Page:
The Rev. Jesse Jackson called the former senator a pioneer.
“He was the highest-ranking black person in America at the time,” Jackson told The Atlanta Journal-Constitution.
State Rep. Calvin Smyre, a Columbus Democrat to joined the Legislature the year that Johnson left, called the former senator a “remarkable man” who had an amicable smile and friendly demeanor.
“Leroy Johnson is probably one of the most renowned public servants Georgia has ever seen,” Smyre said.
Johnson can be credited with working to quietly desegregate the Georgia Capitol.
Johnson in 2008 told the story as part of an oral history project organized by then-Senate President Pro Tem Eric Johnson.
On Johnson’s first day in office, the restrooms, drinking fountains and chamber galleries were labeled “white” and “colored,” he said. And all the pages who delivered messages to lawmakers were white.
"I carried my pages into restrooms that said 'white' instead of 'colored.' And when we got to the water fountain, I had them drink from the water fountain that had the sign that said 'white' instead of 'colored,' " Johnson said in 2008. "None of this was done with a news camera pointed to capture the fact.”
Shortly after, then-Gov. Carl Sanders removed the signs from Capitol.
Johnson also could be credited with reviving Muhammad Ali's boxing career after he was stripped of his license for refusing to comply with the military draft.
“He is the is the very reason why Muhammad Ali got back into the ring,” Jackson said. “And it happened only in Atlanta because of Leroy Johnson.”
Jackson said Ali’s career might have been over had Johnson not worked to secure a location in 1970 for the boxer to fight in Georgia.
“You did what nobody else could do,” Johnson told the AJC, quoting what Ali said to him at the time. The fighter then handed his boxing gloves to Johnson and said, “I will forever be grateful.”
Atlanta Mayor Keisha Lance Bottoms praised Johnson’s “early and influential” support of MARTA and called his eventual appointment as the Senate Judiciary Committee chairman a national symbol for the power of the black vote.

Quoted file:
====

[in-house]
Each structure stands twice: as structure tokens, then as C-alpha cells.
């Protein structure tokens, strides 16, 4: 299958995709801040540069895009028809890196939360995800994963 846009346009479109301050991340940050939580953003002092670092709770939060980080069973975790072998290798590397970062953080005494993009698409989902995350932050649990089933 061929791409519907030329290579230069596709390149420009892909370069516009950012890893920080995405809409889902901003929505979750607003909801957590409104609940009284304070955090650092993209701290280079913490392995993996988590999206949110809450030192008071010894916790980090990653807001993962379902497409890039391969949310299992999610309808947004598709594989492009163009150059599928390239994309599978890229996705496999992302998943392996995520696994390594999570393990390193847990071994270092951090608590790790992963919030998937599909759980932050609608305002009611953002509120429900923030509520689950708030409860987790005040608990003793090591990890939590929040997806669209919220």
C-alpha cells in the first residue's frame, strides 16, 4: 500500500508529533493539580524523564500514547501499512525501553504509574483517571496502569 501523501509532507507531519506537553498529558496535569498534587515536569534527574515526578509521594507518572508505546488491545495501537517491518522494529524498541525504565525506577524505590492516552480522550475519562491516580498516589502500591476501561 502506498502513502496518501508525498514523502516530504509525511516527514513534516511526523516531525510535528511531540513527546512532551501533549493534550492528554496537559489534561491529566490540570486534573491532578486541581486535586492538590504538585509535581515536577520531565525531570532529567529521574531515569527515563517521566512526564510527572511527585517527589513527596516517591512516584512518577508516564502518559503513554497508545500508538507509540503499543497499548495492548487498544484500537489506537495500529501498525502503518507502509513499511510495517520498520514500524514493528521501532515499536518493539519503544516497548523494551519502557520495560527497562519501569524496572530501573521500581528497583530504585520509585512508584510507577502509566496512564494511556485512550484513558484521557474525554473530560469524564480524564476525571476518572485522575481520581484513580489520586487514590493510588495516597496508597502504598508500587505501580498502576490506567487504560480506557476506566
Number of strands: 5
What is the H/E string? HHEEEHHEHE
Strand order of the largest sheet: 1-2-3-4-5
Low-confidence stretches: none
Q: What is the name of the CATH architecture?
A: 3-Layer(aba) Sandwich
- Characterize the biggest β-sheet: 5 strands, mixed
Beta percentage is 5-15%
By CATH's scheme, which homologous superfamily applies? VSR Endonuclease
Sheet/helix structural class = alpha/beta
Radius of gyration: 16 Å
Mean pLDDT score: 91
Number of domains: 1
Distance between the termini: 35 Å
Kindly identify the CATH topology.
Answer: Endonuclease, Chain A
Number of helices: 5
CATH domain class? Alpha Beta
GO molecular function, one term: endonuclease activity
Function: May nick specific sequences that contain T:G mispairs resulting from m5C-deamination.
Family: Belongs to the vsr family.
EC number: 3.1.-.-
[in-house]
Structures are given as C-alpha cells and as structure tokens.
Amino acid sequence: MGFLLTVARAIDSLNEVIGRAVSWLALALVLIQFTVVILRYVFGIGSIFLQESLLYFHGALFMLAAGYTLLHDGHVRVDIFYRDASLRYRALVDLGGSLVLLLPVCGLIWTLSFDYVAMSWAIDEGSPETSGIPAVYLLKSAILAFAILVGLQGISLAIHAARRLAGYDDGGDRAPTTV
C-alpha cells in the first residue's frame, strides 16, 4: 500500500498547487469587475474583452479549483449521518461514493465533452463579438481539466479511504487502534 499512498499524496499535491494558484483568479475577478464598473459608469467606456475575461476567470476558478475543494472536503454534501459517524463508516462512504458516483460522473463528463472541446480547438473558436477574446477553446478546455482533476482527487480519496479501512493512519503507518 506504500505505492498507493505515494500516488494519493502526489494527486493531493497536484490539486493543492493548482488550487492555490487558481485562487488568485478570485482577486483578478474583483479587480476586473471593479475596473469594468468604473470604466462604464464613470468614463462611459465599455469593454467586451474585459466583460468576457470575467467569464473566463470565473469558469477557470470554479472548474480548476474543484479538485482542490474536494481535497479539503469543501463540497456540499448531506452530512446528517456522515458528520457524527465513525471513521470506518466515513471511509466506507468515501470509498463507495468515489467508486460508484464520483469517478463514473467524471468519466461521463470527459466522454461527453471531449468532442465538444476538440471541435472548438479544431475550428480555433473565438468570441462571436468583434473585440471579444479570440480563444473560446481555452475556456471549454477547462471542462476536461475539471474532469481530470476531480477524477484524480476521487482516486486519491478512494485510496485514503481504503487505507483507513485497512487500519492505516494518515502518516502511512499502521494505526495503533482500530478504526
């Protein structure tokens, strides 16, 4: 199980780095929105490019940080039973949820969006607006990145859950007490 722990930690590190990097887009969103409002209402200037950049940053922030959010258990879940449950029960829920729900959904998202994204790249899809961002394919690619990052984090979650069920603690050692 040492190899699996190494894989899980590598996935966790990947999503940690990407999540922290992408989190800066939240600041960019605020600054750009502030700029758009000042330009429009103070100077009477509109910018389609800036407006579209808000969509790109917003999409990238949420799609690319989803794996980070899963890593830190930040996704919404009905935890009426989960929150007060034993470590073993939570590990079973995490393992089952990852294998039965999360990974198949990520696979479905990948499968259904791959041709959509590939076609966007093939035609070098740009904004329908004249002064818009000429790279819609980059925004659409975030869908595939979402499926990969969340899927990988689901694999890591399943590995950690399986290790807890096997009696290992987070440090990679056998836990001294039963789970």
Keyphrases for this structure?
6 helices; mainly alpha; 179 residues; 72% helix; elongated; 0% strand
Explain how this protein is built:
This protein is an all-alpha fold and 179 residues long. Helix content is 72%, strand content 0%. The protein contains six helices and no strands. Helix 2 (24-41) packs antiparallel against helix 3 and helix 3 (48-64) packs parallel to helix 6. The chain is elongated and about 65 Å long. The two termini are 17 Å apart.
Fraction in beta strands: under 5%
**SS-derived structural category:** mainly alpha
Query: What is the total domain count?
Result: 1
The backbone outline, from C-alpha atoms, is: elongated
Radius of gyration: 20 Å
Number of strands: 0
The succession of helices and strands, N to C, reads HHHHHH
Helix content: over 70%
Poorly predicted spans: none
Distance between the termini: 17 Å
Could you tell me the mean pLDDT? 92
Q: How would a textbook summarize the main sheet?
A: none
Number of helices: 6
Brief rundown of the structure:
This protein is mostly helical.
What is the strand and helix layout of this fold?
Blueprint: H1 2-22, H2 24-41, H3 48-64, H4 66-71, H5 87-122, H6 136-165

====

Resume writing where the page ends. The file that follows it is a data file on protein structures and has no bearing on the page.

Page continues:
“Senator Johnson was a groundbreaking statesman whose formidable presence in the Georgia Senate, two years before the signing of the Voting Rights Act, put equality into play in Southern politics,” she said.
Lt. Gov. Geoff Duncan said Johnson’s election played a vital role in the civil rights movement.
“Senator Leroy Johnson was a true public servant who devoted his life to the betterment of our state, both as an attorney, educator and elected official,” Duncan said.
» MORE: How Leroy Johnson and Carl Sanders desegregated the state Capitol in 1963
State Sen. Nikema Williams, the chairwoman of the Democratic Party of Georgia, praised Johnson for breaking barriers in the chamber where she serves.
“Senator Johnson paved the way for black Georgians, including me, to rightfully take our place in the halls of the Gold Dome and represent our communities, unapologetically, at a time when that work seemed impossible,” she said. “Georgia is a better, more inclusive state thanks to his service.”
A graduate of Morehouse College and what was then Atlanta University, Johnson studied law in North Carolina because the University of Georgia was not accepting black students at the time.
In 2017, he received a lifetime achievement award from the Georgia State Bar.
State Sen. Gloria Butler, a Stone Mountain Democrat, said Johnson devoted his life to “making change.”
“It can be easy to forget that we stand upon the shoulders of those who blazed the trails we are now on,” Butler said. “He truly is a jewel in Georgia's crown.”
Read and sign the online guestbook for Leroy Johnson